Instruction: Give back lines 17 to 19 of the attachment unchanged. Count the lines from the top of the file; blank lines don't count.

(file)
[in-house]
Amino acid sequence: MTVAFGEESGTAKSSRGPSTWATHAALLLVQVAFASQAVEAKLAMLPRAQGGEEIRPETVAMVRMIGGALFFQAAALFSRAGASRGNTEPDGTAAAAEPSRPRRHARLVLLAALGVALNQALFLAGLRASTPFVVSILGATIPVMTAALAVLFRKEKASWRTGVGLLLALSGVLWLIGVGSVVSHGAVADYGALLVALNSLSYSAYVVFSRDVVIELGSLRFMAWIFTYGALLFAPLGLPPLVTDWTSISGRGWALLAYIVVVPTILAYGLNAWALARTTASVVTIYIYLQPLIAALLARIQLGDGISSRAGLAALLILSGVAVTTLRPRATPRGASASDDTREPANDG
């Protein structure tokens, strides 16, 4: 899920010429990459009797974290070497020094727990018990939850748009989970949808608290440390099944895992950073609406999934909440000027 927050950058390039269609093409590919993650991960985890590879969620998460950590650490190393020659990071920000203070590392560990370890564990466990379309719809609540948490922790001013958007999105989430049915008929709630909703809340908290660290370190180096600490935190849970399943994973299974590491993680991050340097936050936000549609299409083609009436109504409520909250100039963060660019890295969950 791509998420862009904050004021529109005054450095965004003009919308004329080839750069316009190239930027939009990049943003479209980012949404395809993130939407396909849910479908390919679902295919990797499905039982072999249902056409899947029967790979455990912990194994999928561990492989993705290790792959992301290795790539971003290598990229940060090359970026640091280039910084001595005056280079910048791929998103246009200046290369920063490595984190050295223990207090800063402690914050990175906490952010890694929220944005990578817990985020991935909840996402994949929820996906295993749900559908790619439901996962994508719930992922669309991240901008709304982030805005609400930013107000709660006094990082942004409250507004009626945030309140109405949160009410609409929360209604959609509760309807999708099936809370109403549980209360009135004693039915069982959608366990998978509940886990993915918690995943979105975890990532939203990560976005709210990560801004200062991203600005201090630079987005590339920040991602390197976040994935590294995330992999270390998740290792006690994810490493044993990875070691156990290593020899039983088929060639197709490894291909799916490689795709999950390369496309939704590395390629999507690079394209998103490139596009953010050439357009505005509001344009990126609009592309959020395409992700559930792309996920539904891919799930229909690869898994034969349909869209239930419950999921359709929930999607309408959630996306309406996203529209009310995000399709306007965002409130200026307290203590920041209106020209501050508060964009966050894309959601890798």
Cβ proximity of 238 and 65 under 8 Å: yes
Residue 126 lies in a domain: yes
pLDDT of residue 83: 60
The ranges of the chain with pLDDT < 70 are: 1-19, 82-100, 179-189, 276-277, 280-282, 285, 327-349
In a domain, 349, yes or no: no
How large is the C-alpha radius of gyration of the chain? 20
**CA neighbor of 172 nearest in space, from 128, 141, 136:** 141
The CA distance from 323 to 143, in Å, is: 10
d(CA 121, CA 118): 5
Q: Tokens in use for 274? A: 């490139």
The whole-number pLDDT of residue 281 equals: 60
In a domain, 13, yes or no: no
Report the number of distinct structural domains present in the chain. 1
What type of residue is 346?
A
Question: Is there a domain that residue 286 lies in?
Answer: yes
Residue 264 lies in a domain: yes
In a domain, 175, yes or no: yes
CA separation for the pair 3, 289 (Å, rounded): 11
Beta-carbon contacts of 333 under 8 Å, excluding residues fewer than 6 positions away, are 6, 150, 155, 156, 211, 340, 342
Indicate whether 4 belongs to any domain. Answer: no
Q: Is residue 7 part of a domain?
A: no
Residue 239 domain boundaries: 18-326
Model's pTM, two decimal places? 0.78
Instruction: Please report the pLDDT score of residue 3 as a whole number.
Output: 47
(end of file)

What type of residue is 346?
A
Question: Is there a domain that residue 286 lies in?